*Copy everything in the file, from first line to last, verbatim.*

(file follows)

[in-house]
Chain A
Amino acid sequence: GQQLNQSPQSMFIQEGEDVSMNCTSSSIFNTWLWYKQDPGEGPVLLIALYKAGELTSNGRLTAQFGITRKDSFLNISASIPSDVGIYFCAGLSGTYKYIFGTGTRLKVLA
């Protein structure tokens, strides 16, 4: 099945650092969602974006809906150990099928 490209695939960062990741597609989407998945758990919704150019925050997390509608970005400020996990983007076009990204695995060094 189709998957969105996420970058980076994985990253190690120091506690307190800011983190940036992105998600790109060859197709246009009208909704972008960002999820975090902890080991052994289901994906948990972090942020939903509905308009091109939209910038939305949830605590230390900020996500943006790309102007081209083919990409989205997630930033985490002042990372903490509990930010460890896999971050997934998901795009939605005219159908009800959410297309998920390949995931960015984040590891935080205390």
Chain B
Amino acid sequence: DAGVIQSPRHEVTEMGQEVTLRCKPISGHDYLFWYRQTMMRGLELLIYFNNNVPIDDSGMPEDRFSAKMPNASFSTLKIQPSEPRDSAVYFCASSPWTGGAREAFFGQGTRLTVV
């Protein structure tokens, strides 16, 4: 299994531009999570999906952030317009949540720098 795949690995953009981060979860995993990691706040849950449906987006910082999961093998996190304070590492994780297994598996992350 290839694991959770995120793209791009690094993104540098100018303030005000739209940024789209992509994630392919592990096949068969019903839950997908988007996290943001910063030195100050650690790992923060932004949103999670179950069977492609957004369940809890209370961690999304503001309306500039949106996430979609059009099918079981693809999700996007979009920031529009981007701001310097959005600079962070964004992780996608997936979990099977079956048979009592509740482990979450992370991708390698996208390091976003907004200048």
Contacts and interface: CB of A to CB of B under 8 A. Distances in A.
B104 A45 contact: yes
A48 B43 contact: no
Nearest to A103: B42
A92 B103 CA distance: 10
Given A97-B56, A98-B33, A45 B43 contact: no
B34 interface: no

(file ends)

[in-house]
Chain A
Amino acid sequence: GQQLNQSPQSMFIQEGEDVSMNCTSSSIFNTWLWYKQDPGEGPVLLIALYKAGELTSNGRLTAQFGITRKDSFLNISASIPSDVGIYFCAGLSGTYKYIFGTGTRLKVLA
């Protein structure tokens, strides 16, 4: 099945650092969602974006809906150990099928 490209695939960062990741597609989407998945758990919704150019925050997390509608970005400020996990983007076009990204695995060094 189709998957969105996420970058980076994985990253190690120091506690307190800011983190940036992105998600790109060859197709246009009208909704972008960002999820975090902890080991052994289901994906948990972090942020939903509905308009091109939209910038939305949830605590230390900020996500943006790309102007081209083919990409989205997630930033985490002042990372903490509990930010460890896999971050997934998901795009939605005219159908009800959410297309998920390949995931960015984040590891935080205390």
Chain B
Amino acid sequence: DAGVIQSPRHEVTEMGQEVTLRCKPISGHDYLFWYRQTMMRGLELLIYFNNNVPIDDSGMPEDRFSAKMPNASFSTLKIQPSEPRDSAVYFCASSPWTGGAREAFFGQGTRLTVV
């Protein structure tokens, strides 16, 4: 299994531009999570999906952030317009949540720098 795949690995953009981060979860995993990691706040849950449906987006910082999961093998996190304070590492994780297994598996992350 290839694991959770995120793209791009690094993104540098100018303030005000739209940024789209992509994630392919592990096949068969019903839950997908988007996290943001910063030195100050650690790992923060932004949103999670179950069977492609957004369940809890209370961690999304503001309306500039949106996430979609059009099918079981693809999700996007979009920031529009981007701001310097959005600079962070964004992780996608997936979990099977079956048979009592509740482990979450992370991708390698996208390091976003907004200048």
Contacts and interface: CB of A to CB of B under 8 A. Distances in A.
B104 A45 contact: yes
A48 B43 contact: no
Nearest to A103: B42
A92 B103 CA distance: 10
Given A97-B56, A98-B33, A45 B43 contact: no
B34 interface: no